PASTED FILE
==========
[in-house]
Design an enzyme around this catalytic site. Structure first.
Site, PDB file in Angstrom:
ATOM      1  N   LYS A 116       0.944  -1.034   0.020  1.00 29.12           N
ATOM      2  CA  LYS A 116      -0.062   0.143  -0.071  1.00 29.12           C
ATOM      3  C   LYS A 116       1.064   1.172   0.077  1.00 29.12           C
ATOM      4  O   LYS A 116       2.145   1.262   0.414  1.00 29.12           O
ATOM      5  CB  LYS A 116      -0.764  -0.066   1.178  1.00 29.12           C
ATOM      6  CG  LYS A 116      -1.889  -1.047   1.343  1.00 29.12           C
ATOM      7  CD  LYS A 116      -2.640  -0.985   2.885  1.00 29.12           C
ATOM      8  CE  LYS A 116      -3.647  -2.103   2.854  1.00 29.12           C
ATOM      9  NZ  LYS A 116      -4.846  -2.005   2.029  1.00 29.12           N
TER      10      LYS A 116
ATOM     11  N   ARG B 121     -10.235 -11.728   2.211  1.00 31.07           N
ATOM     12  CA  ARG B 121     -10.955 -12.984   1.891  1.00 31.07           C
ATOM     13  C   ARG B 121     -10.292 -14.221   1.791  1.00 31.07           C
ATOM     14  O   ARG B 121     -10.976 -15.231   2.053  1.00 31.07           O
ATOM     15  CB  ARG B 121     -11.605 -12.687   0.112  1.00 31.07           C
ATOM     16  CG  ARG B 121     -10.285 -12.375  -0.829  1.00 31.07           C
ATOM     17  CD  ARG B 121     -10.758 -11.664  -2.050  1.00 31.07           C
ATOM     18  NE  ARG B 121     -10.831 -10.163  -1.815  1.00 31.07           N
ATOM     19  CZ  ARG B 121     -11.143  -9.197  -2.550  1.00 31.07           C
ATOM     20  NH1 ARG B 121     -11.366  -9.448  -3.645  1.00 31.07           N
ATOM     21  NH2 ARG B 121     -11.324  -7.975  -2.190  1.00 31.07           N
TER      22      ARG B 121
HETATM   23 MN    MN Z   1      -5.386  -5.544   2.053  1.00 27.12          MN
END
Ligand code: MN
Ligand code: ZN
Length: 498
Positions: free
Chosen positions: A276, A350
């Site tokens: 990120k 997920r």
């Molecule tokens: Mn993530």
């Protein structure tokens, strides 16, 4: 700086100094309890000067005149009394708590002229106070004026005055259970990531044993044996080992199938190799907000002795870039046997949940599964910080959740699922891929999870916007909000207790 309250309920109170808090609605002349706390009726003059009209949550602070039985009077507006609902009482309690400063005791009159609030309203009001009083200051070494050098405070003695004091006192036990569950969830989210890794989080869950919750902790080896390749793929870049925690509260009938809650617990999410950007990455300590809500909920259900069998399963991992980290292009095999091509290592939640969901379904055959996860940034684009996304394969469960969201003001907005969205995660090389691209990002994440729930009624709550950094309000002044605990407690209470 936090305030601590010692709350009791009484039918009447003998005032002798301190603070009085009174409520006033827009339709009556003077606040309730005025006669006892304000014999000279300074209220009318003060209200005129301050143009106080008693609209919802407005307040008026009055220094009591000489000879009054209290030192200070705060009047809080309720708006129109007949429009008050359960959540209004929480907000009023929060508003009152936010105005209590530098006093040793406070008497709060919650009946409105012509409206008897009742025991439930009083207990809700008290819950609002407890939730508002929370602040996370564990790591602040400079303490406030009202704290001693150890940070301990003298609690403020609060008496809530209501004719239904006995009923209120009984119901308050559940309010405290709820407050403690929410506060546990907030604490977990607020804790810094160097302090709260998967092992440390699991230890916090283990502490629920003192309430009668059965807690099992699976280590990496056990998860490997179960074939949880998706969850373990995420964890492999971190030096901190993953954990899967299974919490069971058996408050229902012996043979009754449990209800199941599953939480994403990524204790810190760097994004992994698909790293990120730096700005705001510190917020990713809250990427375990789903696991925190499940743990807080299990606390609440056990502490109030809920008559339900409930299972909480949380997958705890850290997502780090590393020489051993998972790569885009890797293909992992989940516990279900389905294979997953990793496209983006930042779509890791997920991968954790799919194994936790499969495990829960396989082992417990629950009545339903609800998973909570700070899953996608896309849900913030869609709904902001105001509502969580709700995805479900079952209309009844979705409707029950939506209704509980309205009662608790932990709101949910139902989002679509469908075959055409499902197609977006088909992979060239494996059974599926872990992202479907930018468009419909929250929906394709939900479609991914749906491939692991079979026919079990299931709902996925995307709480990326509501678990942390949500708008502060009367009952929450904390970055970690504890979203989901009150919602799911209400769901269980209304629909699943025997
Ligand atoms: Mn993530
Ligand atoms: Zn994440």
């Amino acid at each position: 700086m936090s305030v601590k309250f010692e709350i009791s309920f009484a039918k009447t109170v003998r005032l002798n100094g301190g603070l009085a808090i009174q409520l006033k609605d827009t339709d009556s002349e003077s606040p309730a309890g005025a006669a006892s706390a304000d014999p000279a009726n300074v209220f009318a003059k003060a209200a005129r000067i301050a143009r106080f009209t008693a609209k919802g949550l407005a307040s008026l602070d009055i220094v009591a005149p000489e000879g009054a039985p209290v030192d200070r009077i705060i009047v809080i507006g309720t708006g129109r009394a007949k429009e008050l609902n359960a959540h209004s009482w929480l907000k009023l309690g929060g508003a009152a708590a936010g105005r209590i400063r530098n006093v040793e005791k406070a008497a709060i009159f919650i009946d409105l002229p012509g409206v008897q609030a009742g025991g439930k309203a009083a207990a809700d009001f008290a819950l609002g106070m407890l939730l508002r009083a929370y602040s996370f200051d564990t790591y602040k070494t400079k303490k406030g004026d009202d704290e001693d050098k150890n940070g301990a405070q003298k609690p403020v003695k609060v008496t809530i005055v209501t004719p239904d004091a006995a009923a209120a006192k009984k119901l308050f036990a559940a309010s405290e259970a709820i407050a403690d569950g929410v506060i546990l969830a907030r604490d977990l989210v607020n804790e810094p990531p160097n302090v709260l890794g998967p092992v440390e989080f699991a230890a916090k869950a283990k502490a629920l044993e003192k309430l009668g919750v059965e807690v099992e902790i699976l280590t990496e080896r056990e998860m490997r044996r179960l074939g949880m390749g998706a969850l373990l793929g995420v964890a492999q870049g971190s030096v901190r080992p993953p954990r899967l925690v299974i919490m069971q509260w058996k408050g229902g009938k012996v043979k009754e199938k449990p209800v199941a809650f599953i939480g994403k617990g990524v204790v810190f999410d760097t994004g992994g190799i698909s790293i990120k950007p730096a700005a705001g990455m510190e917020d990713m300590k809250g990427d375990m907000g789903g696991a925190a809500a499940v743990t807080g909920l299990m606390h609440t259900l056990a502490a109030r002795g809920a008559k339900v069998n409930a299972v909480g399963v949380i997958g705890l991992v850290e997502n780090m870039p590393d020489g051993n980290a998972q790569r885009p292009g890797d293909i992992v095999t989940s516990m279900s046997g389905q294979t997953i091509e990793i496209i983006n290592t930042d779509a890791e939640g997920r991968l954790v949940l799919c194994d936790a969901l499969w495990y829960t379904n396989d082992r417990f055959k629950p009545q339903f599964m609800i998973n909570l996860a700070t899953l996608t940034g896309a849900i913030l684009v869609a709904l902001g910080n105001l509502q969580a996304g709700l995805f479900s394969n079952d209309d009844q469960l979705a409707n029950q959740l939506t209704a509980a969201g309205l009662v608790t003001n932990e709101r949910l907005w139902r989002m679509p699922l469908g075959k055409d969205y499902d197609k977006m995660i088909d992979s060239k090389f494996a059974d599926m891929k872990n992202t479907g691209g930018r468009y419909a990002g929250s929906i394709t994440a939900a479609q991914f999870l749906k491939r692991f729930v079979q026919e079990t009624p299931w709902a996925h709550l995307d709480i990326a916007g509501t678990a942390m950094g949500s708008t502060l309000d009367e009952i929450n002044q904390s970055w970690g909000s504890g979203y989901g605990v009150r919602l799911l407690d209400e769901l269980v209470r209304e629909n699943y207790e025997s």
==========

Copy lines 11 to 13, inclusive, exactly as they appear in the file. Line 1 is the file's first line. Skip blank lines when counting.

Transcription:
ATOM      8  CE  LYS A 116      -3.647  -2.103   2.854  1.00 29.12           C
ATOM      9  NZ  LYS A 116      -4.846  -2.005   2.029  1.00 29.12           N
TER      10      LYS A 116